Igor Kromin |   Consultant. Coder. Blogger. Tinkerer. Gamer.

I've decided that I'm going to start a new line of posts on my blog that deals with especially bad examples of code that I come across. These are meant to demonstrate how NOT to write code, specifically in Java. I will do an analysis of the bad code and will also provide my solution to fix the bad coding practice shown.
code_issues.jpg


The first example deals with unnecessary String manipulation, specifically concatenation and consequent splitting of the same string.

This was the example of code that I came across:
 Java
public static final String DELIMITER = "#";
public void doSomething(String context, String propSuffix)
{
String propertyName = context + DELIMITER + propSuffix;
boolean propSet = isPropertySet(propertyName);
/* do something based on the value of the propSet variable */
}
/**
* Check if a property is set with a fallback that strips out the property context
*/
private boolean isPropertySet(String propertyName)
{
String val = getProperty(propertyName);
if (val == null) {
String[] tokens = propertyName.split(DELIMITER);
val = getProperty(tokens[1]);
}
if (val != null) {
return true;
}
return false;
}
private String getProperty(String propertyName)
{
/* code to get a property from a properties file */
}


So lets look at what the code does. The method doSomething() is meant to do something based on whether a particular property is set or not. How the property is retrieved is not important, what's important is the name of the property. In this case the property name is composed of a context, delimiter string and a property suffix e.g. something like 'MyContext#CoolProperty'.

To work out whether doSomething() needs to do anything, it calls the isPropertySet() method. Simple enough, but there is a catch. The isPropertySet() method first checks if the property is set and if it finds it is not set, it strips out the context and tries to see if the property is set using the suffix only.

This is where it gets bad. In order to get the property name that doesn't include the context, the code calls the String.split() method using the delimiter value used earlier. Effectively this undoes the concatenation that was done on line 5.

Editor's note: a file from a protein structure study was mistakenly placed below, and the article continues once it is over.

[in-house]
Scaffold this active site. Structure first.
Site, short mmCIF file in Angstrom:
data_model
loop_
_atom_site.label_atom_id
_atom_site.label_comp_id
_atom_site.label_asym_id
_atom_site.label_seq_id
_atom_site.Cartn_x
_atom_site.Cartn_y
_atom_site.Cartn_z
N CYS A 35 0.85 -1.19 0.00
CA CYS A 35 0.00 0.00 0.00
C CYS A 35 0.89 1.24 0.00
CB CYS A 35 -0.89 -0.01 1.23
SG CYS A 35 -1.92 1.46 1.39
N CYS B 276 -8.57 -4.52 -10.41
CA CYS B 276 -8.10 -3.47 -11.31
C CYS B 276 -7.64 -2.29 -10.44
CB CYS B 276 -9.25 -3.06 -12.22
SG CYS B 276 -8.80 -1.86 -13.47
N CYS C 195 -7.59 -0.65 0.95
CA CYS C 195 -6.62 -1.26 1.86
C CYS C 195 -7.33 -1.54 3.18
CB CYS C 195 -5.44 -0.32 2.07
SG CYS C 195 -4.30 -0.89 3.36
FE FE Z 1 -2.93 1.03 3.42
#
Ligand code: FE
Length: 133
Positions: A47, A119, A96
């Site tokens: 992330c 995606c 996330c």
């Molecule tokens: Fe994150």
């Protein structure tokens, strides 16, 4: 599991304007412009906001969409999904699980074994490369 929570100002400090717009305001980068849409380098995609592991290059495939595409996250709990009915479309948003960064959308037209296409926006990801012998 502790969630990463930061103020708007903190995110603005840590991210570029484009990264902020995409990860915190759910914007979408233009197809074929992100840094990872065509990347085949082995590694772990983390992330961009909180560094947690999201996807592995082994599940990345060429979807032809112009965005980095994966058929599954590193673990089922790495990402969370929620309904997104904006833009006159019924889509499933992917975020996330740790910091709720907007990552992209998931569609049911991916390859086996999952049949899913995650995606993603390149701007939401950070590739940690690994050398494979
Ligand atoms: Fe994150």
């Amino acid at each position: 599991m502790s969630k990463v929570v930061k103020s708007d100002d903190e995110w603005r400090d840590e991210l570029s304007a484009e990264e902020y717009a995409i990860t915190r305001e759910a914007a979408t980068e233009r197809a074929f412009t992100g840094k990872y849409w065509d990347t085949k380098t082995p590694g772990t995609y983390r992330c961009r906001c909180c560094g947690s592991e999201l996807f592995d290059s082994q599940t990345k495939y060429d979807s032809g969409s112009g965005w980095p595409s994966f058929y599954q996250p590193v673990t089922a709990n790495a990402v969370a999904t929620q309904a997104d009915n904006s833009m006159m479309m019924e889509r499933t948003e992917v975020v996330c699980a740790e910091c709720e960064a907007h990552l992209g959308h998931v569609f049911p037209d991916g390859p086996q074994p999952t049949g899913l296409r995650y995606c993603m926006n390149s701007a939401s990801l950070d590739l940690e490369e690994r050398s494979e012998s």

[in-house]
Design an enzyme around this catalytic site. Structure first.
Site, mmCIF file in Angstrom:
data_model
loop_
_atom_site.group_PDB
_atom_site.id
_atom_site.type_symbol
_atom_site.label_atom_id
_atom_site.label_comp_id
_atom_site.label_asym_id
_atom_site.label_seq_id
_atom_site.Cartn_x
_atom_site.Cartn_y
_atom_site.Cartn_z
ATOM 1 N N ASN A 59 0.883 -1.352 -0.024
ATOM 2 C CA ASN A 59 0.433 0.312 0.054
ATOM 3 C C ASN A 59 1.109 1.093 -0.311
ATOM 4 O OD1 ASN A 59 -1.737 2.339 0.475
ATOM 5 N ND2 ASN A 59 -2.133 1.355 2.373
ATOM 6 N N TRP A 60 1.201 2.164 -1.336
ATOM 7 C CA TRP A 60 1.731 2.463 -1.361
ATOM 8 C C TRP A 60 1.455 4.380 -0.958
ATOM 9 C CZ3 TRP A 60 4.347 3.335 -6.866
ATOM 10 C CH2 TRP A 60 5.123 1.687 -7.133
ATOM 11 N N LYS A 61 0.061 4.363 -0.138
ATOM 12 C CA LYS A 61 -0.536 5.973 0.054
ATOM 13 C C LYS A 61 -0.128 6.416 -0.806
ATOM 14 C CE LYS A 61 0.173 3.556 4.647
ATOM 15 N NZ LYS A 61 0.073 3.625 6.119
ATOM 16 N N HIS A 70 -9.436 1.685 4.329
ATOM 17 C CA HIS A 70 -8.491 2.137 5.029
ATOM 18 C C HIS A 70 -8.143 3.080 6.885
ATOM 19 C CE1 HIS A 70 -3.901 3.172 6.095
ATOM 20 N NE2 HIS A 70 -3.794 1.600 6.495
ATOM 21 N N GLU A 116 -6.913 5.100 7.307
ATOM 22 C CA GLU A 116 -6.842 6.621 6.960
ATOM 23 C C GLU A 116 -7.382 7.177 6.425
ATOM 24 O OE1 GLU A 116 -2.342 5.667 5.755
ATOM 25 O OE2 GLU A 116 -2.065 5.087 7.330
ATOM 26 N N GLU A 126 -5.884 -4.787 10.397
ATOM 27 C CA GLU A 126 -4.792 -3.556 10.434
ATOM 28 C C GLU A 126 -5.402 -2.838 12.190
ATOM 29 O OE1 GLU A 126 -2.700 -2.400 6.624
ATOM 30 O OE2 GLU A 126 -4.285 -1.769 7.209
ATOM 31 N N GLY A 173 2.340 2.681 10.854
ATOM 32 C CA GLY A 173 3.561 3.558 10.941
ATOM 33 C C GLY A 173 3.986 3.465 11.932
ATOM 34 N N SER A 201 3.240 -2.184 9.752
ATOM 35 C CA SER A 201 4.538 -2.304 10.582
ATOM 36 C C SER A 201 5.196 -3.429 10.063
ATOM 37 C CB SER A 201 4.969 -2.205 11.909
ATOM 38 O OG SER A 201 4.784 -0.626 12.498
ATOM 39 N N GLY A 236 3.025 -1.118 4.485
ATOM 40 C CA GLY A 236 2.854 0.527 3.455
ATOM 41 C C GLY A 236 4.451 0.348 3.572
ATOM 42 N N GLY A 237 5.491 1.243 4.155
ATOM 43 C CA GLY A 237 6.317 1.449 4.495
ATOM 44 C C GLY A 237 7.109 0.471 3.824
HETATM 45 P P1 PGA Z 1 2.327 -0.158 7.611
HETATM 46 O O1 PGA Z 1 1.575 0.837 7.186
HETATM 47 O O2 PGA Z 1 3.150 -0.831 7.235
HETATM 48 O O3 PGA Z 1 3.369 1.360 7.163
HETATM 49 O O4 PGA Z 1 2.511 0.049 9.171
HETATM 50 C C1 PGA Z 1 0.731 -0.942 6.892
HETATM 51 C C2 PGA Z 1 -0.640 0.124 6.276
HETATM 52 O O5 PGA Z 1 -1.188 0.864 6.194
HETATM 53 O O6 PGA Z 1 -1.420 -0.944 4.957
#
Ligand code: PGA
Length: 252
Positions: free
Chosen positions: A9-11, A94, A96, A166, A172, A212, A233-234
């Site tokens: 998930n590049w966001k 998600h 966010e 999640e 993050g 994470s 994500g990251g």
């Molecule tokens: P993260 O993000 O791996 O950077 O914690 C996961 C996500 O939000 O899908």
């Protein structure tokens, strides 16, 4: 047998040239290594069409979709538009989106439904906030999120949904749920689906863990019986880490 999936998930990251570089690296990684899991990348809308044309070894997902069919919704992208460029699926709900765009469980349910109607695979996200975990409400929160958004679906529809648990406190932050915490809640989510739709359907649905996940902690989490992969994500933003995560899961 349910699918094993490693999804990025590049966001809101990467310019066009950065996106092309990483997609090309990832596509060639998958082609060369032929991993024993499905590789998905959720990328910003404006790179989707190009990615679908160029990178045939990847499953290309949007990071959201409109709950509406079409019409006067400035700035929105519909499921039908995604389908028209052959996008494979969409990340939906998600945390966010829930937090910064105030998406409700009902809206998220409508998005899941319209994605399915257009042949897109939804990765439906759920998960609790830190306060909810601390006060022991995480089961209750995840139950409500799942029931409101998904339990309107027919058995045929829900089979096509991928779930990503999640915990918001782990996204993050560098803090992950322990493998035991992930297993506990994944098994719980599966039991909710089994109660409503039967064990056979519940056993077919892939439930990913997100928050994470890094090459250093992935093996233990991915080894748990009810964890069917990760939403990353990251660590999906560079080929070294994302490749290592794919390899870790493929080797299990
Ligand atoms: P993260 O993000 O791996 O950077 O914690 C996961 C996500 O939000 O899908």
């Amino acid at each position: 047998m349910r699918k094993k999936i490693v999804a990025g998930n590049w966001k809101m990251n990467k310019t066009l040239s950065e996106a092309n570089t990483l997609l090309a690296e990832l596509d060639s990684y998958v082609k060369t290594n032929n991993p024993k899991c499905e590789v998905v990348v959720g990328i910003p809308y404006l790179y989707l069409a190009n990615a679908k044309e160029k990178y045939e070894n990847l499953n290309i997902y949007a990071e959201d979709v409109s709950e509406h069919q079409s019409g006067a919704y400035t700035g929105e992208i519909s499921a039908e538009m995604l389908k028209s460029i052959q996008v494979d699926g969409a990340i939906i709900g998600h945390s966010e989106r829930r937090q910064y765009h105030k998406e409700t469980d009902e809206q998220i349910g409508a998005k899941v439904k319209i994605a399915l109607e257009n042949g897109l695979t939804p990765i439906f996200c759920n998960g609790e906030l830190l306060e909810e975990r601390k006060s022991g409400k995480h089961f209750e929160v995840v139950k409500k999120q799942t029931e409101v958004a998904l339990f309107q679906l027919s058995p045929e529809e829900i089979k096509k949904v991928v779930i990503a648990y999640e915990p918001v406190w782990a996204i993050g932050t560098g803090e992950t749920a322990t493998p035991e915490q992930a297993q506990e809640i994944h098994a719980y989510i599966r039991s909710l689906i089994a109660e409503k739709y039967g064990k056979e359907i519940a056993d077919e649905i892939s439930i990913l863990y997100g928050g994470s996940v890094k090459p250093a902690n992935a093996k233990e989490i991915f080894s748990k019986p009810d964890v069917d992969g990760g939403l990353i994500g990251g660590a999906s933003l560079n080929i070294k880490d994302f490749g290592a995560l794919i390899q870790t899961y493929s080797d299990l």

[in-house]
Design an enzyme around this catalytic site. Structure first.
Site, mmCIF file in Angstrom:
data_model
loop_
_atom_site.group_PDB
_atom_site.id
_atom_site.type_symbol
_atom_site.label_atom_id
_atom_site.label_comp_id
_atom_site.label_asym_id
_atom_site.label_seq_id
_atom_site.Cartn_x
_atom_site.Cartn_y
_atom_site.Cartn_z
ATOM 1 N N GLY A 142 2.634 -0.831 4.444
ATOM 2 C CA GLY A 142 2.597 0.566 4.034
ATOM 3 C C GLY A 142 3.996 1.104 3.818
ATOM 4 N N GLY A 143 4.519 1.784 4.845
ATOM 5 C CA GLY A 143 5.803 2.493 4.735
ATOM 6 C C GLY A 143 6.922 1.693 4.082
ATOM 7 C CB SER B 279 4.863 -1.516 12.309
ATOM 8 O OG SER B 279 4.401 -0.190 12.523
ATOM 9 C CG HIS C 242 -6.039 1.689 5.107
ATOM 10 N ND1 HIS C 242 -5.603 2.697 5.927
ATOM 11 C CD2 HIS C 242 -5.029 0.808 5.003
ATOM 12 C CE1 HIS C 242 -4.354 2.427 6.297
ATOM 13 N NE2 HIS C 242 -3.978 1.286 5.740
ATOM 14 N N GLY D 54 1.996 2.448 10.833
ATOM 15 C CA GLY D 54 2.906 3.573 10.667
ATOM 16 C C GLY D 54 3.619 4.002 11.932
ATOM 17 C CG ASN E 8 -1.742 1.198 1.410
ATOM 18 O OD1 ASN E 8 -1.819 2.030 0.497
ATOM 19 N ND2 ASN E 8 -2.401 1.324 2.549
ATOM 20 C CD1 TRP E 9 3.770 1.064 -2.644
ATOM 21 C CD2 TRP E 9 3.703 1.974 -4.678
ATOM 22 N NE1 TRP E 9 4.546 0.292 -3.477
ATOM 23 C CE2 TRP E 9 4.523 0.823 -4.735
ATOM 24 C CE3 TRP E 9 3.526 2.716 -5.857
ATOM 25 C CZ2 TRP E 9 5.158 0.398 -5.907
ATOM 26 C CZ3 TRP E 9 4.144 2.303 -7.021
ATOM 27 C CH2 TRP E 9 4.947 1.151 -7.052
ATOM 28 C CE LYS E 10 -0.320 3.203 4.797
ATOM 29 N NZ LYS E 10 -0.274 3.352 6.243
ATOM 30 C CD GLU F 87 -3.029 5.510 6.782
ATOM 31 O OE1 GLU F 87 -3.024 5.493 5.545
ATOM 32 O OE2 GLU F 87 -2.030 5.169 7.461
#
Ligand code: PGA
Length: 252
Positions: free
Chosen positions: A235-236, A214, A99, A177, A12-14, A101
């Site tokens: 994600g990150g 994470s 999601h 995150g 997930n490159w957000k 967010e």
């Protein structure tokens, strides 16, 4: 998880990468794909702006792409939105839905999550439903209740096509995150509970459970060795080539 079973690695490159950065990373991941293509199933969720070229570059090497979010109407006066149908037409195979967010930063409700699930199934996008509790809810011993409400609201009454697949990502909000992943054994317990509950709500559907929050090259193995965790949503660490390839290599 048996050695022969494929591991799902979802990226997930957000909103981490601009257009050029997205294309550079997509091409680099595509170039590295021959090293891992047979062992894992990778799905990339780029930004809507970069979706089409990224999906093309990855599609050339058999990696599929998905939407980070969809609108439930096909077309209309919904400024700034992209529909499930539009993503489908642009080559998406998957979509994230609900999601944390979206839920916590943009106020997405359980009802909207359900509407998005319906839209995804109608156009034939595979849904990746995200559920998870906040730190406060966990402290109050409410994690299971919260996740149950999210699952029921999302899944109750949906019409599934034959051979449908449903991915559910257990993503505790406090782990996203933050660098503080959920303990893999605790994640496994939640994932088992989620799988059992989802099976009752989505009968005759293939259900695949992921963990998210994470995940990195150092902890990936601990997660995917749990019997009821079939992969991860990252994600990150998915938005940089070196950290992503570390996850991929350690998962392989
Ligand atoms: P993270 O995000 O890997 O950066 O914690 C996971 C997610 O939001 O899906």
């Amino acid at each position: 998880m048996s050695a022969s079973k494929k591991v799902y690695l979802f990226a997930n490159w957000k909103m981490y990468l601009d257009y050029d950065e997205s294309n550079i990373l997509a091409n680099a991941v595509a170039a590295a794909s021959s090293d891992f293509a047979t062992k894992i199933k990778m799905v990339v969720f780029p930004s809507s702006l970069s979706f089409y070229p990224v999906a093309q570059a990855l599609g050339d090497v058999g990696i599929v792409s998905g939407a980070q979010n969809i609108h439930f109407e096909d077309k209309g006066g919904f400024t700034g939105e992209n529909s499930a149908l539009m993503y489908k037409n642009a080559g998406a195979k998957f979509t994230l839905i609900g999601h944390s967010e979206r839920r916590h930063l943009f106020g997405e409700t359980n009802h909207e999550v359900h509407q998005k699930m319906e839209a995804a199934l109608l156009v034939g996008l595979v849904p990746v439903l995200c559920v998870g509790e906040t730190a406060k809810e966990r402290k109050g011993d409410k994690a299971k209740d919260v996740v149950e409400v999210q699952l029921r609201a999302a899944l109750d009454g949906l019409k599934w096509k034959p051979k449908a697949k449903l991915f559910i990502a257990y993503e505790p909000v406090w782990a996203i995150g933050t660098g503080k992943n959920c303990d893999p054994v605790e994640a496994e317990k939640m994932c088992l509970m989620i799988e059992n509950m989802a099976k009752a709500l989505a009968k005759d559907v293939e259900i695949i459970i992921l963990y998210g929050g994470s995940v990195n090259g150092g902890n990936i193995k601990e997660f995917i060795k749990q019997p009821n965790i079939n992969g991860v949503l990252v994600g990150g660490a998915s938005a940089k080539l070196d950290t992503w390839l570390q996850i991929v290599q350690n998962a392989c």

Why is that bad? Simply because it's a waste of resources in terms of memory and processing. Remember that String.split() performs a regex operation and in this case creates an array containing two strings. This has two issues, 1 - regex is an expensive operation and 2 - an extra two Strings are created in memory. This may not be much for a single call of this method but if it's invoked on a regular basis, it can quickly add up. This can have the effect of utilising extra CPU cycles and eating into the available memory. More importantly this is an anti-pattern that creates a String out of substrings only to split it into substrings at a later stage.



The solution is simple, instead of creating the property name inside doSomething(), I pass the context and suffix values to the isPropertySet() method which takes care of the concatenation and at the same time has the necessary components of the property so it doesn't have to split it again.

This what what the code becomes...
 Java
public static final String DELIMITER = "#";
public void doSomething(String context, String propSuffix)
{
boolean propSet = isPropertySet(context, propSuffix);
/* do something based on the value of the propSet variable */
}
/**
* Check if a property is set with a fallback that strips out the property context
*/
private boolean isPropertySet(String context, String propSuffix)
{
String val = getProperty(context + DELIMITER + propSuffix);
if (val == null) {
val = getProperty(propSuffix);
}
if (val != null) {
return true;
}
return false;
}


That's much cleaner and more efficient! The updated code is much easier to follow too since it makes it absolutely explicit in what it is doing and how the fallback mechanism works.

If you have an example of bad code practices to share, please send them in and I'll be happy to write about them!

All code examples shown above have been obfuscated from their original versions but still show similarities in terms of style.

-i

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